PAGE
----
formerly known as
Womens Liberation Front


Welcome to, formerly known as.Womens Liberation Front.  A website that hopes to draw and keeps your attention for  both the global 21th. century 3rd. feminist revolutution as well and a selection of special feminist artists and writers.

This online magazine will be published evey six weeks and started February 1st. 2019. Thank you for your time and interest.

Gino d'Artali
indept investigative journalist
and radical feminist











                                                                                                            CRYFREEDOM 2019/2020

When one hurts or kills a women
one hurts or kills hummanity and is an antrocitie.
Gino d'Artali
and: My mother (1931-1997) always said to me <Mi figlio, non esistono notizie <vecchie> perche puoi imparare qualcosa da qualsiasi notizia.> Translated: <My son, there is no such thing as so called 'old' news because you can learn something from any news.>
Gianna d'Artali


<The stench of death>
<Canada's murdered women and girls.>

Between 8 Nov 2021 and July 2022 AL Jazeera published a serial  of articles (except one i.e. an Al Jazeera team) all by the  Cree-Iroquois  Canadian-French journalist Brandi Morin about femicides of Canadian Indigenous women and girls and of Indigenous children who were abducted from their parents houses and brought to residential schoolsof which each word is so heartbreaking that it takes a lot of courage to read the whole serial. Still I challenge you to do so! I divided it  according to the number of articles and quoted from them ending with a read more URL.:

1<The stench of death
On Canada's Highway of Tears.>
2<'Snatched away'>

4<A lingering evil>

5<'No one is going to believe you'>
6<'If she was white, she would still be here'>

7<Vancouver rallies for missing, murdered Indigenous women>
8<A letter to … Sarah, who was murdered by a serial killer> (Canada)

9<‘Walking to justice’>
10<Haunting Canada boarding school shot wins World Press Photo>

11<A warrior for Indigenous women and girls.>
12 Special about Brandi Morin: <Telling Indigenous stories: 'I’m fighting to be heard'
13 Brandi Morin: I've been seeking out and sharing the stories of oppression, trauma and brutality that my people continue to endure.>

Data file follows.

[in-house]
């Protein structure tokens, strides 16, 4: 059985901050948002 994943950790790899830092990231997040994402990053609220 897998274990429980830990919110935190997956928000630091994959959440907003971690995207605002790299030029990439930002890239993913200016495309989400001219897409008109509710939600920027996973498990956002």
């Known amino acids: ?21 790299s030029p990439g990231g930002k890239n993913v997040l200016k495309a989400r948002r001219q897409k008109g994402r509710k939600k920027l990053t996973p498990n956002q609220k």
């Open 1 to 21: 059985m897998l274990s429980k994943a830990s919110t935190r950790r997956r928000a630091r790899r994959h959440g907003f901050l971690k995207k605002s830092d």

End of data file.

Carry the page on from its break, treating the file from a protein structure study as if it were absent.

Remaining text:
NEW JULY 2022 Brandi Morin has been working on a to be published soon book <Our Voice of Fire: A Memoir of a Warrior Rising>
14 By Brandi Morin
<<'I forgive you': Indigenous school survivor awaits pope's apology


Click here for an overview of all related links and a special of the Cree/Iroquois Canadin/French journalist Brandi Morin


The Guardian
28 Aug 2022
By Dan Collyns
<<Latest death by Indigenous tribe highlights rising tensions in Peru.
The death of a logger who was shot with arrows has cast a spotlight on the growing conflict around an Indigenous reserve occupied by an Indigenous tribe that has long lived in voluntary isolation on Peru's south-eastern Amazon border with Brazil. The body of Gean del Aguila, 21, was recovered on Thursday after a four-day hunt by a search party of police, Indigenous guides and company workers.
He disappeared last Sunday after an encounter with members of the Mashco-Piro tribe while fishing with Genis Huayaban, 54, who was injured by an arrow in the attack. The two men were on the Tahuamanu River, in an area known as the extension of the Madre de Dios Territorial Reserve which borders a timber concession operated by a logging company Maderera Canales Tahuamanu. The killing comes amid rising tensions between the logging company and the local Indigenous federation Fenamad which accuses the firm of putting the Mashco-Piro at risk by illegally entering the native reserve to log tropical hardwoods, a claim the company denies. <We informed the authorities that these events could occur at any mo-ment,> said Julio Cusurichi, the president of Fenamad, which re-presents 39 Indigenous communities in the Cusco and Madre de Dios regions. <There cannot be economic activities in isolated Indigenous territory, because of the high risks for both [sides] and because it goes against the principle of no contact … they are highly vulnerable humans.> The logging company has sued Fenamad for defamation over its allegations and a court ordered the federation to rectify its claim and pay a fine of 20,000 Peruvian Soles (£4,450). Fenamad is appealing the decision. The logging firm disputes a 2016 extension of the isolated Indigenous people's reserve as it has overlapping forestry concessions. Despite concerns for the health of the isolated people who have little or no immunity to common illnesses such as influenza or the common cold, in 2020 Peru's health ministry allowed the company to continue operating in the area. <The dangers of contact are the transmission of diseases as well as the confron-tations that can occur with other people,> said Luis Felipe Torres, a Peruvian anthropologist specialising in isolated Indigenous people.
The Americas are home to the largest number of Indigenous peoples living in voluntary isolation and initial contact in the world and Peru, along with Brazil and Paraguay, is one of a handful of countries with existing populations.>>
Read more here:

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